And this became our holy grail with which we structured all of our shoot day plans, and it also helped word the questions and queries I asked when on a recce at each of the different theatres. The question was no longer how can we capture all of these performances, but now more so how can we work towards this plan, and execute it with consistency and quality. There were a number of planning documents that followed this one, which used the shot-list plan as a stencil to make sure everything was linking to the how, each time making that how more achievable.

With certainty, I can say that this shot-list was the document most commonly open as a tab on my computer. Every time I was in a limbo of hows, whys and whats, I referred back to the shot-list and reminded myself of exactly what it was we were aiming for. “Set up 1, 2 and 3” became part of our collective vocabulary - short handing a lot of repetition, and giving us the basis to which we could always fall back on. This was our square one.



2. Throwing our holy grail out of the window, for better.


The best decision made throughout our 12 filming days was by Freddie, our Filming Lead for half of our production process. On the first day of filming, himself and Gabriel (First Camera Operator) made the decision to veer away from the shot-list slightly, and have cameras 2 and 3 as handheld cameras for every single set up, leaving camera 1 as the only static, tripod shot. Of course, as the above paragraph shows, the shot-list orchestrated a lot of our pre-production decisions, but once you remove that ‘pre’, and step in the furnace of production, there can be no sentimentality attached to any pre-ordained decisions, and when there seems to be an option better than the one originally planned, you step up and make the decision to go with that option. Which is exactly what Freddie and Gabriel did - to the benefit of the footage, and the final films.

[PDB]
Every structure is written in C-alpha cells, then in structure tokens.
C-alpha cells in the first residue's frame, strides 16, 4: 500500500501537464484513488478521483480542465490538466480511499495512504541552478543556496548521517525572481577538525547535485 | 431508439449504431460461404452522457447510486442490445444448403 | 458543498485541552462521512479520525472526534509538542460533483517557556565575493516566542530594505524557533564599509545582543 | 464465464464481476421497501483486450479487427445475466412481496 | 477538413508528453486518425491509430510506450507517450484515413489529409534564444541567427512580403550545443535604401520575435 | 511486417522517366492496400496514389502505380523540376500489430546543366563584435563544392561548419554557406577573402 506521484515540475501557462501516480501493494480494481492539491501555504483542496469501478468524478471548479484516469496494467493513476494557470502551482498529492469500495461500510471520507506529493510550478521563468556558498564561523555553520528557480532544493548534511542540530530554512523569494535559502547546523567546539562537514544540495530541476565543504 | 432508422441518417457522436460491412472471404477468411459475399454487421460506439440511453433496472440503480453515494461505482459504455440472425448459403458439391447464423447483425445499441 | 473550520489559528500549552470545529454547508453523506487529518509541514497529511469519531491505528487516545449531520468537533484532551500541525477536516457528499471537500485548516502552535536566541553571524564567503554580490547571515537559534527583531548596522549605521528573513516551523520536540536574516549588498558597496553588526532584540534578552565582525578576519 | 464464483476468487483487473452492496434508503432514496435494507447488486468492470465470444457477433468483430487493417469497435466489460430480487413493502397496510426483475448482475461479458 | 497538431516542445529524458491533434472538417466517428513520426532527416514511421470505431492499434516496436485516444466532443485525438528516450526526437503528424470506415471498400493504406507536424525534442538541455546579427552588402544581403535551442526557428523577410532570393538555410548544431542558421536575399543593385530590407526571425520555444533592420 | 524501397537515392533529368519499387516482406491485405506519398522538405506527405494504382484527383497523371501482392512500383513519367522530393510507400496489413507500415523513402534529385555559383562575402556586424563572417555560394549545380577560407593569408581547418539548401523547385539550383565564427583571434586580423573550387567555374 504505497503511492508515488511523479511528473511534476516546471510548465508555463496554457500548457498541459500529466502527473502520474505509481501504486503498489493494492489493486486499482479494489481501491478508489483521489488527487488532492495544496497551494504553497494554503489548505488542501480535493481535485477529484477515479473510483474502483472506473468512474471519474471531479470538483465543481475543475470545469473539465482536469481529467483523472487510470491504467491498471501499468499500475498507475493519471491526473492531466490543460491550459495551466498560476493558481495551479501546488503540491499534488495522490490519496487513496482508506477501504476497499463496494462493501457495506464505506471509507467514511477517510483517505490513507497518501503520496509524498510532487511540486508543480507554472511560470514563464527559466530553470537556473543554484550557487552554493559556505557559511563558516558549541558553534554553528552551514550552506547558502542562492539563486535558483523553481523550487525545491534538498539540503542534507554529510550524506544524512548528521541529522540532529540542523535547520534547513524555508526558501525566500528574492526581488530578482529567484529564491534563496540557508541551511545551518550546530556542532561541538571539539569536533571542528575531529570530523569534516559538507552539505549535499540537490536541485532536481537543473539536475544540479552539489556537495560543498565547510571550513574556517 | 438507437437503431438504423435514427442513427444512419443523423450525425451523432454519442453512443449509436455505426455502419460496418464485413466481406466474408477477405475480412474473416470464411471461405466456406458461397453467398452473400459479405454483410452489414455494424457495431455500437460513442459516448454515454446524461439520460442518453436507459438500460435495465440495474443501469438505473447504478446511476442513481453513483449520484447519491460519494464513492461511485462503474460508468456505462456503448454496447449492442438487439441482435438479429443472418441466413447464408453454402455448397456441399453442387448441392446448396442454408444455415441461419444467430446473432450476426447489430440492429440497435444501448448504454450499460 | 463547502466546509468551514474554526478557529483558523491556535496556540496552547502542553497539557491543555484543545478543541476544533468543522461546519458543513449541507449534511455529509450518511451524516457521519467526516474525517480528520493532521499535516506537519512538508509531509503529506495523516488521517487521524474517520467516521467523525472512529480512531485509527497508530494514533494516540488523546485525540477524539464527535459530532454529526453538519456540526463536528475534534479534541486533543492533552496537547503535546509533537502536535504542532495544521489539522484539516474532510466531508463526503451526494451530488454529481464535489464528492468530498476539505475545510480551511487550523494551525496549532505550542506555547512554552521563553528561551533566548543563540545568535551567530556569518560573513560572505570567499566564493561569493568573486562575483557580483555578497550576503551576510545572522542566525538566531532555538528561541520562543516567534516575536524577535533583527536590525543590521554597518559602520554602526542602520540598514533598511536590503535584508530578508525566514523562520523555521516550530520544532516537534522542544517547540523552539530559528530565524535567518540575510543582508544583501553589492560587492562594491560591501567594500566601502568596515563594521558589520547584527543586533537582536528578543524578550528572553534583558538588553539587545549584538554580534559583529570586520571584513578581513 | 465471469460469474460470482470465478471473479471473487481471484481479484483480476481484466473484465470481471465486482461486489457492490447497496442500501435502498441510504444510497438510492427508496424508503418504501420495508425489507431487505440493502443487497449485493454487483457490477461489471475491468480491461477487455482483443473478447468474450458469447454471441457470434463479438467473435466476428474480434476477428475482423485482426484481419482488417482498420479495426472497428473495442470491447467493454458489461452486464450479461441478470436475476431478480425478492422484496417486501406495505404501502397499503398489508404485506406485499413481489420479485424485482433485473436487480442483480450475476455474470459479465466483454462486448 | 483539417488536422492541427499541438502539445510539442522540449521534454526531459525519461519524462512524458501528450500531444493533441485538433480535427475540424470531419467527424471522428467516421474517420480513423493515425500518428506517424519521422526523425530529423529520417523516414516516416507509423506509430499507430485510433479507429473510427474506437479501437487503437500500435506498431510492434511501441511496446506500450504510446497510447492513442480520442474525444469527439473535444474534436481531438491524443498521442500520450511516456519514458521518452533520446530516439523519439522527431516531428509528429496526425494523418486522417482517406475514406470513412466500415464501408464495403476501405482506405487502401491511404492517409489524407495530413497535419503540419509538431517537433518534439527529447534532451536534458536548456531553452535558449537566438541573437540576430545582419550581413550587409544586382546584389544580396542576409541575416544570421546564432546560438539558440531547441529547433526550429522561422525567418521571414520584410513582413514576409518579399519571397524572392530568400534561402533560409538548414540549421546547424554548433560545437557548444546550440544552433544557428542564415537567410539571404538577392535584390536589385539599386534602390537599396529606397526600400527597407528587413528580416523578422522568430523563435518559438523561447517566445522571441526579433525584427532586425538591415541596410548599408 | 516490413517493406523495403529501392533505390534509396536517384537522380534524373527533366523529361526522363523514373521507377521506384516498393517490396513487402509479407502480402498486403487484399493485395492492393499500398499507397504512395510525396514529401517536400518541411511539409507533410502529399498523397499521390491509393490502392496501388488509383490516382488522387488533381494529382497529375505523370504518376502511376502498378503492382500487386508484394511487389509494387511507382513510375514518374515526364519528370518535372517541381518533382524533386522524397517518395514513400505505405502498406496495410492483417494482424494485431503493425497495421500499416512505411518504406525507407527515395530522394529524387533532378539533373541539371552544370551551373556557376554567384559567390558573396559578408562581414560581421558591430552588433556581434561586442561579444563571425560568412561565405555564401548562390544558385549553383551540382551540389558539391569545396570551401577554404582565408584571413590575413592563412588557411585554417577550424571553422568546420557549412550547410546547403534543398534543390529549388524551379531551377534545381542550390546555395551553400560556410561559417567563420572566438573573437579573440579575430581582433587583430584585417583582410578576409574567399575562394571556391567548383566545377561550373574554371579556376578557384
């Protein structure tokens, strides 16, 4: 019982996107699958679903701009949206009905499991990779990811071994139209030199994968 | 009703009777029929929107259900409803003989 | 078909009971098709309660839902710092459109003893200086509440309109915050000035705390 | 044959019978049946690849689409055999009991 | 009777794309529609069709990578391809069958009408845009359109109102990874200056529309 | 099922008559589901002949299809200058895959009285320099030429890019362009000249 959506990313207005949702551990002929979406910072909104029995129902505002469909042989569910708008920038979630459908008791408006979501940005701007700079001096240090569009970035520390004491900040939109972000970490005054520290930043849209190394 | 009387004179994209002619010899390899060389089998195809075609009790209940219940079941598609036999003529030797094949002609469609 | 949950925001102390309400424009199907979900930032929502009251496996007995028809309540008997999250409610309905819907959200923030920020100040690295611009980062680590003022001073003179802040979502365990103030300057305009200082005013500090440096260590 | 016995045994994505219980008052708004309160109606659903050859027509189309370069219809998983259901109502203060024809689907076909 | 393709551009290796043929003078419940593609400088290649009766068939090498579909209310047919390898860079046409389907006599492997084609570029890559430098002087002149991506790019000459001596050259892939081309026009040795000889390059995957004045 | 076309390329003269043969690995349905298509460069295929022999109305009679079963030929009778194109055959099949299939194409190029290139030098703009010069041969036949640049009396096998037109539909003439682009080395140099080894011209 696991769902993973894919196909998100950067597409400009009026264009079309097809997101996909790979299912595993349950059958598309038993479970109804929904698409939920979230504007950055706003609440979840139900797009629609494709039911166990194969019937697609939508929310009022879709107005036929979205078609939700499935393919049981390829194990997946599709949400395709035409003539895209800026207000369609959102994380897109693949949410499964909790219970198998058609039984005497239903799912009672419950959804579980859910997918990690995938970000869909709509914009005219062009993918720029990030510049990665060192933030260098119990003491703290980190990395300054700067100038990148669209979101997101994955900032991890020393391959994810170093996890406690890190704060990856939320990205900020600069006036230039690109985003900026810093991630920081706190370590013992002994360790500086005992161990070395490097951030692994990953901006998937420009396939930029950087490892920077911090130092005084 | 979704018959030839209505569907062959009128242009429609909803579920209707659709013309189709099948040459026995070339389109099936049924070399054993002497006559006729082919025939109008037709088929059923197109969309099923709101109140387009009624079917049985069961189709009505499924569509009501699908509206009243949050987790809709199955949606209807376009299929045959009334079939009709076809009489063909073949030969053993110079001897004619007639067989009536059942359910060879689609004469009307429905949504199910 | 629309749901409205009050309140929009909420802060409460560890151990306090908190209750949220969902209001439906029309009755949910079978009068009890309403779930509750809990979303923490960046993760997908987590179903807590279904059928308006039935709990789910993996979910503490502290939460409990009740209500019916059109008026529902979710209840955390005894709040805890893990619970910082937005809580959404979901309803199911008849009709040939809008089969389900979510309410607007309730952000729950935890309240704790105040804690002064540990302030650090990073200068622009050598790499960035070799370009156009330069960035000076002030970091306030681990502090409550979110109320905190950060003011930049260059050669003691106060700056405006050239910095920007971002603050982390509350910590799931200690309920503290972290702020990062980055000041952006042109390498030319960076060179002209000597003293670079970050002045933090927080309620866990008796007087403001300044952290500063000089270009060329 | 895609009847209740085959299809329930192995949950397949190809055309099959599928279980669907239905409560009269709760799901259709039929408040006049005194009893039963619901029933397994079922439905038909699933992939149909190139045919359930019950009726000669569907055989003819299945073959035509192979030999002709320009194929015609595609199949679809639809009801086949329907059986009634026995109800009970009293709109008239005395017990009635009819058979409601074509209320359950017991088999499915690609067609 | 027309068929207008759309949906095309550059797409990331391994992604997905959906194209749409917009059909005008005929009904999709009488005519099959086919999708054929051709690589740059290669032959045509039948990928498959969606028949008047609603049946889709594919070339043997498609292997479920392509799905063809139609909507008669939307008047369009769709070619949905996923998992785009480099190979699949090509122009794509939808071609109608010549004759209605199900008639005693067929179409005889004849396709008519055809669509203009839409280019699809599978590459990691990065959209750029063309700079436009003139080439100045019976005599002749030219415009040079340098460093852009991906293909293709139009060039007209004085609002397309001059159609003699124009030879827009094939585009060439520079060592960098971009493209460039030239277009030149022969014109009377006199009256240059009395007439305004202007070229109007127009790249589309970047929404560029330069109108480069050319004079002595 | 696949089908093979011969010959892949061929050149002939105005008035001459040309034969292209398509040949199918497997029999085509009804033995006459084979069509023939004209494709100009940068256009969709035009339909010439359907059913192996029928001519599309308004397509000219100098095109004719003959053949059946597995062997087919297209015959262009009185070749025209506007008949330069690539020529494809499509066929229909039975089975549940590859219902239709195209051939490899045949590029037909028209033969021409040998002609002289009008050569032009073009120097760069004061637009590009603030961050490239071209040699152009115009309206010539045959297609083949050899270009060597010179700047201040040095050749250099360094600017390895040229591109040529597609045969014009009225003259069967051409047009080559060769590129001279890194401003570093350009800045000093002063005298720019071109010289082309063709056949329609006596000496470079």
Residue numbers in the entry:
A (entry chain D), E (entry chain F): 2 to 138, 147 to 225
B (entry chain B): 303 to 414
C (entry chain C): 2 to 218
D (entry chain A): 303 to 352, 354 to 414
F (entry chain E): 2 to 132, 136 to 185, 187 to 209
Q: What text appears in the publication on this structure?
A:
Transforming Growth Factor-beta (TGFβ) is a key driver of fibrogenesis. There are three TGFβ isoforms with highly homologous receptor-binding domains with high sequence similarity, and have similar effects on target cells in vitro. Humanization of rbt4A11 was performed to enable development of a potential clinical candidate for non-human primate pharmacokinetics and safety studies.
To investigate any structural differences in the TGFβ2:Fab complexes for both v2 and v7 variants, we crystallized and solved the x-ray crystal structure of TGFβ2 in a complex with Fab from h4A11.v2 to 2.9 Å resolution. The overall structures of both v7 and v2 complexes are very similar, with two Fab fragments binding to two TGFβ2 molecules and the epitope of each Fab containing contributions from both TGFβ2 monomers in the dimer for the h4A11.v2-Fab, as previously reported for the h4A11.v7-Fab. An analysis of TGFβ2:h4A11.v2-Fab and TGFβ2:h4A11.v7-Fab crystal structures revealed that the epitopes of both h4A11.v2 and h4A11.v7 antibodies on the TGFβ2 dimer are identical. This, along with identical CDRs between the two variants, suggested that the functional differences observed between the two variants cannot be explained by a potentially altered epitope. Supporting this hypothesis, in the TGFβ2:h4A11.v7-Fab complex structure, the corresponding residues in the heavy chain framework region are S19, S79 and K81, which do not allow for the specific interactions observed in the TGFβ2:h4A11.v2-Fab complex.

Originally, I planned for us to have at least one full run through of each class’ performance which was captured from three static shots, each one at slightly differing distances/ranges from the performance space. My reasoning behind this was because it seemed to narrow down the margin of error, giving assurance that we would definitely have a consistent run-through without any form of interruption or visual discrepancy.